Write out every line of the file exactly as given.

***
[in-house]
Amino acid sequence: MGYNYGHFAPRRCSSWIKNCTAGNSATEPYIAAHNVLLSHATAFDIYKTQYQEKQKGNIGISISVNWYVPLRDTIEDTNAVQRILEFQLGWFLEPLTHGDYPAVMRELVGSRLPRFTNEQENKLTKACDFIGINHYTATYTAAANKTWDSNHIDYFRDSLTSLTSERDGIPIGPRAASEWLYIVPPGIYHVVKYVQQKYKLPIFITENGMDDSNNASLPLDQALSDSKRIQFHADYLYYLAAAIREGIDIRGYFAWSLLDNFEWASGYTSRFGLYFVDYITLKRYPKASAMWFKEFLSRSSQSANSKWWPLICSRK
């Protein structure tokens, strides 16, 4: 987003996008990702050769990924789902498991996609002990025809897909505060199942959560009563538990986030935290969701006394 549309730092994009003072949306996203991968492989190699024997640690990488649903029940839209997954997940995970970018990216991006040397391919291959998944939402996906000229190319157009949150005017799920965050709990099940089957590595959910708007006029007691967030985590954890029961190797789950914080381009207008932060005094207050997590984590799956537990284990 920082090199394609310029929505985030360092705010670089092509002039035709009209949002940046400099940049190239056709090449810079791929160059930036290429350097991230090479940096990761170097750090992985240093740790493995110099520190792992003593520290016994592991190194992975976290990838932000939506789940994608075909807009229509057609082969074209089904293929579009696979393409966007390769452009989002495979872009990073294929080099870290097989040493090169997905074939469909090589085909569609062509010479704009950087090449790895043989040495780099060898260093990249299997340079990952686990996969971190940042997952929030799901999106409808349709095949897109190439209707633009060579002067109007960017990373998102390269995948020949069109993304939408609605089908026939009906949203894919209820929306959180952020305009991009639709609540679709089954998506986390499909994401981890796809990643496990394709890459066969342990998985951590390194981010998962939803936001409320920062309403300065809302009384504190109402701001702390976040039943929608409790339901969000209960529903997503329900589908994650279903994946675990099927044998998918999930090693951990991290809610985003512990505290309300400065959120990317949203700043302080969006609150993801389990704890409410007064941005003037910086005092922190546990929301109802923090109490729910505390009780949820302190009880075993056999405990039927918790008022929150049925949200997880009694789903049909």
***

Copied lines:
[in-house]
Amino acid sequence: MGYNYGHFAPRRCSSWIKNCTAGNSATEPYIAAHNVLLSHATAFDIYKTQYQEKQKGNIGISISVNWYVPLRDTIEDTNAVQRILEFQLGWFLEPLTHGDYPAVMRELVGSRLPRFTNEQENKLTKACDFIGINHYTATYTAAANKTWDSNHIDYFRDSLTSLTSERDGIPIGPRAASEWLYIVPPGIYHVVKYVQQKYKLPIFITENGMDDSNNASLPLDQALSDSKRIQFHADYLYYLAAAIREGIDIRGYFAWSLLDNFEWASGYTSRFGLYFVDYITLKRYPKASAMWFKEFLSRSSQSANSKWWPLICSRK
């Protein structure tokens, strides 16, 4: 987003996008990702050769990924789902498991996609002990025809897909505060199942959560009563538990986030935290969701006394 549309730092994009003072949306996203991968492989190699024997640690990488649903029940839209997954997940995970970018990216991006040397391919291959998944939402996906000229190319157009949150005017799920965050709990099940089957590595959910708007006029007691967030985590954890029961190797789950914080381009207008932060005094207050997590984590799956537990284990 920082090199394609310029929505985030360092705010670089092509002039035709009209949002940046400099940049190239056709090449810079791929160059930036290429350097991230090479940096990761170097750090992985240093740790493995110099520190792992003593520290016994592991190194992975976290990838932000939506789940994608075909807009229509057609082969074209089904293929579009696979393409966007390769452009989002495979872009990073294929080099870290097989040493090169997905074939469909090589085909569609062509010479704009950087090449790895043989040495780099060898260093990249299997340079990952686990996969971190940042997952929030799901999106409808349709095949897109190439209707633009060579002067109007960017990373998102390269995948020949069109993304939408609605089908026939009906949203894919209820929306959180952020305009991009639709609540679709089954998506986390499909994401981890796809990643496990394709890459066969342990998985951590390194981010998962939803936001409320920062309403300065809302009384504190109402701001702390976040039943929608409790339901969000209960529903997503329900589908994650279903994946675990099927044998998918999930090693951990991290809610985003512990505290309300400065959120990317949203700043302080969006609150993801389990704890409410007064941005003037910086005092922190546990929301109802923090109490729910505390009780949820302190009880075993056999405990039927918790008022929150049925949200997880009694789903049909």